NAB Notes: Convention Attendance Up Slightly From Last Year

May 1, 2006  •  Post A Comment

This year’s National Association of Broadcasters convention drew 105,046 attendees, up less than 1 percent from 2005, NAB said. The conference posted a 9 percent increase in foreign attendance, drawing 25,537 people from outside the U.S., the group said. In addition, press attendance was 1,294 at this year’s meeting, up by 179 from 2005. The association said more than 1,440 exhibitors showcased their wares over 860,000 square feet of exhibit space this year, up over 2005 in both amount of floor space and numbers of exhibitors

Broadcasters Revel in Retrans Reform Defeat

Broadcasters celebrated a legislative victory when word broke that Rep. Nathan Deal, R-Ga., failed in his effort to reform rules that allow broadcasters to seek payment from satellite and cable companies for carrying broadcast TV signals. The lawmaker had planned to attach the so-called retransmission consent reform measure to House legislation that would make it easier for phone companies to get into the pay TV business. He withdrew his amendment after it became clear that he lacked sufficient supporting votes on the House Energy and Commerce Committee.

NAB President and CEO David Rehr attributed the withdrawal to concerted broadcast industry opposition, which he was rallying during the convention. “NAB thanks thousands of radio and TV broadcasters and the 50 state association executives who weighed in … on this issue of critical importance to free, over-the-air television’s future,” Mr. Rehr said in a statement.

Still, retransmission consent reform supporters were taking comfort in the fact that Rep. Joe Barton, R-Texas, the committee’s chairman, has agreed to hold a committee roundtable discussion on the retransmission rules.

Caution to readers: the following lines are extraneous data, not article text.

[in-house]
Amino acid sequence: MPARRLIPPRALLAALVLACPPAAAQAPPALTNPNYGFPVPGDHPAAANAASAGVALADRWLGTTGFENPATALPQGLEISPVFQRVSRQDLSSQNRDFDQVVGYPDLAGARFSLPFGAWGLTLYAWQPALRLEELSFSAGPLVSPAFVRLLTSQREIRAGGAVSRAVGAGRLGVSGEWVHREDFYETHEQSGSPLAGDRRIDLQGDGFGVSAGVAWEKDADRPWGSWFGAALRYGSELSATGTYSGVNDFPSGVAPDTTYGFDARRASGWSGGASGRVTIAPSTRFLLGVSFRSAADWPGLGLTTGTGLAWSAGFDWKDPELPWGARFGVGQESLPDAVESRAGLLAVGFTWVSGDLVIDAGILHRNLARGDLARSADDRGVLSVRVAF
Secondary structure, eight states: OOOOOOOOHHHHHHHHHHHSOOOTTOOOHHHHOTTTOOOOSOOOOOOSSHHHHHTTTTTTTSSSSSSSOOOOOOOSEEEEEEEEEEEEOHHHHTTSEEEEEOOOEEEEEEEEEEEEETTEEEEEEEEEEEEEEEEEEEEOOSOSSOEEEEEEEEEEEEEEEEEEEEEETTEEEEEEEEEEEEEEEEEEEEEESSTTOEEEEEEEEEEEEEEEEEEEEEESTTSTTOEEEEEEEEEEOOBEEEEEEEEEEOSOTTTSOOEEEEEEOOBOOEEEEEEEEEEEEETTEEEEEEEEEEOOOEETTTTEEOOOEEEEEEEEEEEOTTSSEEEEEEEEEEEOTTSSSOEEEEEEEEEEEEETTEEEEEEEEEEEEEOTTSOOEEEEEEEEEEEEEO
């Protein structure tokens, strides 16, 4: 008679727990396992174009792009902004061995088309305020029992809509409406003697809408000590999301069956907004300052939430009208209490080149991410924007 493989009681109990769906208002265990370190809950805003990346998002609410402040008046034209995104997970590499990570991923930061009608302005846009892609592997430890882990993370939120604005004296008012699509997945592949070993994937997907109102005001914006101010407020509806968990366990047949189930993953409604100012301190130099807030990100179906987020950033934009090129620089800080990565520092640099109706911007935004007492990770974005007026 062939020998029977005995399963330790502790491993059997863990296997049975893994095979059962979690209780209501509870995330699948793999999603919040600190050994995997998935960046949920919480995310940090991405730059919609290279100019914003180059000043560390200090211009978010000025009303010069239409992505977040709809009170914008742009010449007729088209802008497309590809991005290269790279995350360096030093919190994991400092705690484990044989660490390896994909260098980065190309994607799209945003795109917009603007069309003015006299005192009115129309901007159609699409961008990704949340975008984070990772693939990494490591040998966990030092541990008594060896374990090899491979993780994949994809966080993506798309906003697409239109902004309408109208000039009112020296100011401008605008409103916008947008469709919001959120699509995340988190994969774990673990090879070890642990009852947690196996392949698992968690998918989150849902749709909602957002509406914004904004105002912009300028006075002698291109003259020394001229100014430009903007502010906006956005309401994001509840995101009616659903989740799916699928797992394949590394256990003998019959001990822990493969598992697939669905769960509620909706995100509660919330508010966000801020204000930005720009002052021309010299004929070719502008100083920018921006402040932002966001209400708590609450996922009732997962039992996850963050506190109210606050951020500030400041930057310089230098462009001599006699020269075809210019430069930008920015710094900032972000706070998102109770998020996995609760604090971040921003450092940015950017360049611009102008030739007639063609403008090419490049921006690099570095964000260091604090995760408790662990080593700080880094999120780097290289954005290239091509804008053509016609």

Bush Renominates FCC’s Martin for New Term

Shortly after addressing the convention, Federal Communications Commission Chairman Kevin Martin was given reason to celebrate as well. President Bush renominated Mr. Martin for a new five-year term at the agency. Mr. Martin’s current term expires June 30.

Dan Rather’s Words of Wisdom

Former CBS anchor Dan Rather, who was in Las Vegas to receive NAB’s Distinguished Service Award, told reporters that his successor, Katie Couric, will succeed if she does a couple of key things. “If Katie Couric comes to CBS News and demonstrates that she is a leader and she loves the news, she will be just fine,” Mr. Rather said.

Mr. Rather shared this year’s Distinguished Service Award with NBC News anchor Tom Brokaw and the late Peter Jennings, who anchored for ABC News.

Rothenberg Dispenses Political Predictions

Consumers’ dissatisfaction with the political status quo could translate into the Democrats’ winning control of the House in this year’s elections, Stuart Rothenberg, CNN commentator and editor and publisher of “The Rothenberg Political Report,” told conventioneers. Even if the Democrats don’t take the House, they are likely to increase their margins in the House and Senate. The political atmosphere on Capitol Hill, already “radioactive,” is “going to be really nasty,” he said.

That means little legislation will move in the two years before the 2008 presidential elections, he added.

For the presidential election, the leading contender for the Democrats is Sen. Hillary Rodham Clinton, D-N.Y., Mr. Rothenberg said. But he said that Democrats may end up drafting somebody else, such as former Virginia Gov. Mark Warner, due to concerns about Ms. Clinton’s “electability.”

For Republicans, the nation’s mood is “setting up perfectly” for a run by Sen. John McCain, R-Ariz., Mr. Rothenberg said. Sen. McCain’s chief competitors will be Sen. George Allen, R-Va., and Massachusetts Gov. Mitt Romney, he predicted.

Regis Philbin Feels the Love

Regis Philbin received a little extra tribute upon being inducted into NAB’s Hall of Fame. In introducing the longtime TV talk-show host during the association’s TV luncheon, NAB President and CEO David Rehr revealed that his mother had been a huge fan of Mr. Philbin-and had even come to regard him as a personal friend when she was dying of cancer.

“Thank you from a grateful son,” Mr. Rehr said.